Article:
Pg. 35: “It is also important to understand that the clips are not copied, moved, or transcoded when you import them. DaVinci Resolve is completely non-destructive; it simple links to the unaltered files in their current locations on your hard drive.”
Pg. 48: ” Don’t worry, changing the Display Name does not change the filename on your hard disk.”
Pg. 84: “The project contains only the metadata for clips and timelines. It has no media associated with it.”
Pg. 88: While describing a ripple edit: “The audio and video tracks of the clip are removed, or extracted, from the timeline, but not deleted from the bin or your hard drive.” (emphasis mine)
This speaks volumes to the difficulties the average computer user has managing files. If you spend any time managing Avid Media Composer projects, you’ll see that even seasoned editors struggle with file management, evidenced by miscellaneous assets or render files created on the system drive.
This also confirms my own firsthand experience teaching nonlinear editing. My students almost intuitively always understood editing concepts like insert, overwrite, and trim. It was the importing, exporting, and media management that tripped them up.
I think people struggle with file management because the digital world doesn’t accurately map on to the physical world. Physical objects can’t exist in two places at the same time. But with things like Smart Folders and Smart Bins there is no reason something can’t be in two places simultaneously. But this is a conversation for another day…
In my previous post I wrote about the demise of Shake and XServe. Now we’ll see how the future of editing is bearing down on us unexpectedly. Just look at YouTube Video Editor and Avid’s “edit anywhere” technology preview. Notice what these lack? A filesystem.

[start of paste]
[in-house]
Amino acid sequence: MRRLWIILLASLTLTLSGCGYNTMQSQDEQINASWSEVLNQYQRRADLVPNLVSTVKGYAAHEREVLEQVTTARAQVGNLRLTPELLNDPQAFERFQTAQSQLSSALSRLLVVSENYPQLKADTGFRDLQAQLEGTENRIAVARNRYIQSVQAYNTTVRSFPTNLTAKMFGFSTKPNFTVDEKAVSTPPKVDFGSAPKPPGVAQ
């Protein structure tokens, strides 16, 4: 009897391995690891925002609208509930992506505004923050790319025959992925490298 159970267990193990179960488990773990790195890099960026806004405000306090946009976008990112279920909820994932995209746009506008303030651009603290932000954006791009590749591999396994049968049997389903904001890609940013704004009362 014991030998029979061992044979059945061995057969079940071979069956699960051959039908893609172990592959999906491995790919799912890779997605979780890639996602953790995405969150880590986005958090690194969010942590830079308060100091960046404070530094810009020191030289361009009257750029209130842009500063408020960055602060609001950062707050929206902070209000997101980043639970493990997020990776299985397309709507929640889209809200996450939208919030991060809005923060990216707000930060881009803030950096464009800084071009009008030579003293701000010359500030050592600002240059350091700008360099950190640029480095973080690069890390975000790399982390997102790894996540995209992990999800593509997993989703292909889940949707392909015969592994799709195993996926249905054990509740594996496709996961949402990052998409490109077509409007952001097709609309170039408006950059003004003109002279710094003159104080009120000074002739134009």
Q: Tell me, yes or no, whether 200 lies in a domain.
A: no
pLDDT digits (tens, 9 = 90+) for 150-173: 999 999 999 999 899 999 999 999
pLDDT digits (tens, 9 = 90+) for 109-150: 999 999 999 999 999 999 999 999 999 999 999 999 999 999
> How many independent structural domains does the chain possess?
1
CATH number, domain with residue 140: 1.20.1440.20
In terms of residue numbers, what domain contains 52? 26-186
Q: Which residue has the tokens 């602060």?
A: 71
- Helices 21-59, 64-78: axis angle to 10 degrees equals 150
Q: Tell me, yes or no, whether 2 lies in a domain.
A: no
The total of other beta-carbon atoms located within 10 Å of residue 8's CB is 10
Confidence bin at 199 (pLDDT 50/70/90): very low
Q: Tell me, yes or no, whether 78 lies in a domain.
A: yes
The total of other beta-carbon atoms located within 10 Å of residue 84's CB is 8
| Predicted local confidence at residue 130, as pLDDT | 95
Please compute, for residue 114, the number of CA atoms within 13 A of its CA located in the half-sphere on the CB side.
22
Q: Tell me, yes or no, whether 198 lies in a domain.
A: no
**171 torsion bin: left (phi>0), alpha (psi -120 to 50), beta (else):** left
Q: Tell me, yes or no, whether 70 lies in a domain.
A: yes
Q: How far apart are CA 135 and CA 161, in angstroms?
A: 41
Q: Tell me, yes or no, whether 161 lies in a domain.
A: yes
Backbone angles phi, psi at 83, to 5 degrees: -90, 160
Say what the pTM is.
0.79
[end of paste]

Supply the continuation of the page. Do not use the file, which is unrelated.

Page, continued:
I used to teach nonlinear editing at a University and from my experience students had the most difficulty in three areas:
input: digitizing footage into the NLE.
output: exporting a finished project.
Once the footage was ready for editing, the cutting and trimming came easily. The current barriers of entry for nonlinear editing are technical. And the future belongs to whoever can eliminate them.
Final Cut Server was Apple’s attempt to abstract away the filesystem in order to make editing more accessible. But abstracting the filesystem away on the desktop is difficult for multiple reason. People are used to downloading files and putting them on a “media drive”. But if Final Cut Server were moved into the cloud… well suddenly the file system isn’t a problem anymore. Just like…
Word processing! Document management and sharing used to be the province of your computer and the sneakernet. Then Google Docs put it all in the cloud and now problems such as “where is the most up-to-date document” are a thing of the past.
Writer’s note:Sadly, old habits die hard. I’m still surprised by how many of my peers continue to lose data because they refuse to use Dropbox!
The future of editing will be like this. Xsan, Avid ISIS, and similar SAN solutions are stopgaps. We’re really only waiting on the bandwidth.
Writer’s note: And we’re still waiting…
Apple is the one company that won’t hesitate to kill a technology on the decline before the rest of the world is ready. They did it with the floppy drive, they’re doing it with the optical drive. If the future is going to look like Avid’s “edit anywhere”Adobe’s Project Rush why develop and support the stopgap?
Writer’s note: In hindsight I overestimated the availability of high speed, low latency bandwidth in the United States. Sadly the situation is only getting worse. Also, my loathing of file management is just as strong today as it was eight years ago. If technology, especially in the motion picture industry, has failed us. It is in this realm. That Apple would lean into the file system on their iOS platform truly caught me by surprise.
In the final part of this series I will explain why content creation tools are the antithesis of Apple’s design philosophy.